Kpelle people

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The Kpelle
KpelleGirl.jpg
Kpelle girl, Kpaiyea, Liberia 1968
Total population
1,670,000
Regions with significant populations
 Liberia870,000
 Guinea570,000
 Ivory Coast30,000
Languages
Kpelle
Religion
Kpelle religion, Christianity, Islam
Related ethnic groups
Mende, Loma, Gbandi, Loko, Zialo, Gola, Vai

The Kpelle people (also known as the Guerze, Kpwesi, Kpessi, Sprd, Mpessi, Berlu, Gbelle, Bere, Gizima, or Buni)[1] are the largest ethnic group in Liberia. They are located primarily in an area of central Liberia extending into Guinea. They speak the Kpelle language,[2] which belongs to the Mande language family.

Despite their yearly heavy rainfalls and rough land, Kpelle survive mostly on their staple crop of rice. Traditionally organized under several paramount chiefs who serve as mediators for the public, preserve order and settle disputes, the Kpelle are arguably the most rural and conservative of the major ethnic groups in Liberia.[3]

Location[edit]

The Kpelle are the largest ethnic group of the West African nation of Liberia and are also an important ethnic group also in southern Guinea (where they are also known as Guerze) and north western Ivory Coast. Most Kpelle inhabit Bong County, Bomi County, Gbarpolu County, and Lofa County.[3] They are major food suppliers of the capital cities.

The terrain in the area includes swamps, hills and, in lowland areas, rivers. May through October brings their rainy season with an annual rainfall from 180 to 300 centimeters. The Kpelle territory sees the lowest temperatures dropping to 19 degrees C with the average temp around 36 degree C.[2]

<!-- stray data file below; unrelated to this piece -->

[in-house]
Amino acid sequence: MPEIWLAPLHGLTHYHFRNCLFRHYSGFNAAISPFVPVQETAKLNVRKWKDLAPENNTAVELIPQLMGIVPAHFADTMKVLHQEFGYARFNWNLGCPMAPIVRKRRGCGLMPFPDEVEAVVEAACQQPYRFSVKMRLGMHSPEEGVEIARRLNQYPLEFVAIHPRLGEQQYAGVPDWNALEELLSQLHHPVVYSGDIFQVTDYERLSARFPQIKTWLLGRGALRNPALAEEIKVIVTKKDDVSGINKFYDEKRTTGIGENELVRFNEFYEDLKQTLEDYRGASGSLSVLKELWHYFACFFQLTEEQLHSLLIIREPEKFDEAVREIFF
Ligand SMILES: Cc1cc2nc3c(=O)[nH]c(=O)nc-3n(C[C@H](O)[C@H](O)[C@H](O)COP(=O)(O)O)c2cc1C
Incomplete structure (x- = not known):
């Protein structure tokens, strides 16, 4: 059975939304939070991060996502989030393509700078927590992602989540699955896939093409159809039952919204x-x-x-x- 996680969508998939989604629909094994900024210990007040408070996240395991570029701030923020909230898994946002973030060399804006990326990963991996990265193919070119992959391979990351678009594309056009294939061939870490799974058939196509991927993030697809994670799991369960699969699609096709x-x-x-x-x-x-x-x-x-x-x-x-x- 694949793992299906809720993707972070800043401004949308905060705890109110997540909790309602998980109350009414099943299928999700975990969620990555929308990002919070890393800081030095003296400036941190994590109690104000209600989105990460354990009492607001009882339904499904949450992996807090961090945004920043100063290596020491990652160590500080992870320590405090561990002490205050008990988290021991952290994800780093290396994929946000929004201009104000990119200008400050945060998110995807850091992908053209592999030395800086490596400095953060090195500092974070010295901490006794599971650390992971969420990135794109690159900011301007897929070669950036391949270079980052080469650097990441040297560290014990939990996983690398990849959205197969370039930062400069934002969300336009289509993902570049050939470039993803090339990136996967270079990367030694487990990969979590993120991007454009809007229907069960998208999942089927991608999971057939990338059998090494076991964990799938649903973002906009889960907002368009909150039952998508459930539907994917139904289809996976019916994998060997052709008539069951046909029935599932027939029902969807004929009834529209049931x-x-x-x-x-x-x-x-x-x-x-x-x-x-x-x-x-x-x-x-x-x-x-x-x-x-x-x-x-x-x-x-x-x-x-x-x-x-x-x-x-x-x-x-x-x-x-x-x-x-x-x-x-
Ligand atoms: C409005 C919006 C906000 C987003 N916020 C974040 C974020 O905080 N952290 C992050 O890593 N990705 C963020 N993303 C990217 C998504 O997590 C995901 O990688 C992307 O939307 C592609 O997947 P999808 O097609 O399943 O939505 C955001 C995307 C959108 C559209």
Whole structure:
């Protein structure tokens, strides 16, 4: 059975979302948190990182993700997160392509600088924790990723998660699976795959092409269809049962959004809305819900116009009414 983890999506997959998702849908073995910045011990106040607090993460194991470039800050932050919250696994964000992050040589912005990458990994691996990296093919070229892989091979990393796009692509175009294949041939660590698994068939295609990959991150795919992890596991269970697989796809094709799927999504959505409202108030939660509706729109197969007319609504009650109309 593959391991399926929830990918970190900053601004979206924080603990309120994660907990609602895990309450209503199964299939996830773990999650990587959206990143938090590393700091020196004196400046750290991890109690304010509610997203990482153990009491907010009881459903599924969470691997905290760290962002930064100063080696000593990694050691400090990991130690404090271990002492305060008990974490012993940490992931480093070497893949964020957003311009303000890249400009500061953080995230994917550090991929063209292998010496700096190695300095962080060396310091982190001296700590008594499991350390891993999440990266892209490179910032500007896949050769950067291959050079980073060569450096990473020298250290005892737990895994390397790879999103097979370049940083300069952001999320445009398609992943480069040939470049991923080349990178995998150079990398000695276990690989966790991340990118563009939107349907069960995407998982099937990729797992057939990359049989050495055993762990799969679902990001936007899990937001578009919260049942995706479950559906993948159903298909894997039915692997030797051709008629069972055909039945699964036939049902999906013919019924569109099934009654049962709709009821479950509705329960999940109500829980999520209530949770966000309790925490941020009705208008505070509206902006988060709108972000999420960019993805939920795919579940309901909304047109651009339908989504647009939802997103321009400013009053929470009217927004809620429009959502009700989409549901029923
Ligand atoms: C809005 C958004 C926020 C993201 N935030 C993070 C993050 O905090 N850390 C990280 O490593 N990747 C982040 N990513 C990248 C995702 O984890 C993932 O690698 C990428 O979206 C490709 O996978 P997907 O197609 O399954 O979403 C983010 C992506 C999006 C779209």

Food[edit]

The Kpelle people eat rice as their primary staple. It is supplemented by cassava, vegetables, and fruits; cash crops include rice, peanuts, sugarcane, and kola nuts they also enjoy fufu and soup, sometimes the soup is spicy but it depends on the way they want it. Soup may be eaten as an appetizer or in conjunction to the main dish.[4]

Culture[edit]

Traditionally, the Kpelle have been farmers with rice as the main crop.[5] The word Kpelle is often used as an adjective to refer to someone as hard working and very humble people in Liberia and Guinea.

Traditionally, a Kpelle family consists of a man, his wives and his children. The household has been the usual farming unit, and all the family members participate in daily farming work. Young children learn how to farm and help the older family members with farm activities.

In their social structure, leadership was very crucial. Every Kpelle tribe used to have a chief who oversaw their own interests as well as the interests of the society. These chiefs were recognized by the national government. They used to act as mediators between the government and their own tribes. Each town also had its own chief. The chiefs act as liaisons for different groups in the society. Anthropologists such as Caroline Bledsoe have characterized Kpelle social organization as one premised on wealth in people.

Their flight was due to internal conflicts between the tribes from the crumbling Sudanic empire.

Kpelle wood made structure


History[edit]

The Kpelle or Guerze lived in the savanna area of the Western Sudan during the sixteenth century, before fleeing to what is now Liberia because of conflicts in West African Sudanic states.[6]

The Kpelle also used to trade with the Muslim Vai and Mandingo who live in small numbers in the country and reside nearby. The Kpelle trade with Lebanese merchants, U.S. missionaries and Peace Corps volunteers.[7]

See also[edit]

References[edit]

  1. ^ Fulton, Richard M. (1972). "The Political Structures and Functions of Poro in Kpelle Society". American Anthropologist. n.s. 74 (5): 1218–1233. doi:10.1525/aa.1972.74.5.02a00140.
  2. ^ a b http://go.galegroup.com.mctproxy.mnpals.net/ps/start.do?p=GVRL&u=mnaminncom
  3. ^ a b "Kpelle", UCLA, Anthropology.
  4. ^ "Encyclopædia Britannica Online Library Edition". Library.eb.com. Retrieved 31 January 2012.
  5. ^ Encyclopædia Britannica, 1982 edition, p. 907
  6. ^ Fiske, Alan. "Kpelle". www.sscnet.ucla.edu. Retrieved 14 June 2018.
  7. ^ Fiske, Alan. "Kpelle". www.sscnet.ucla.edu. Retrieved 14 June 2018.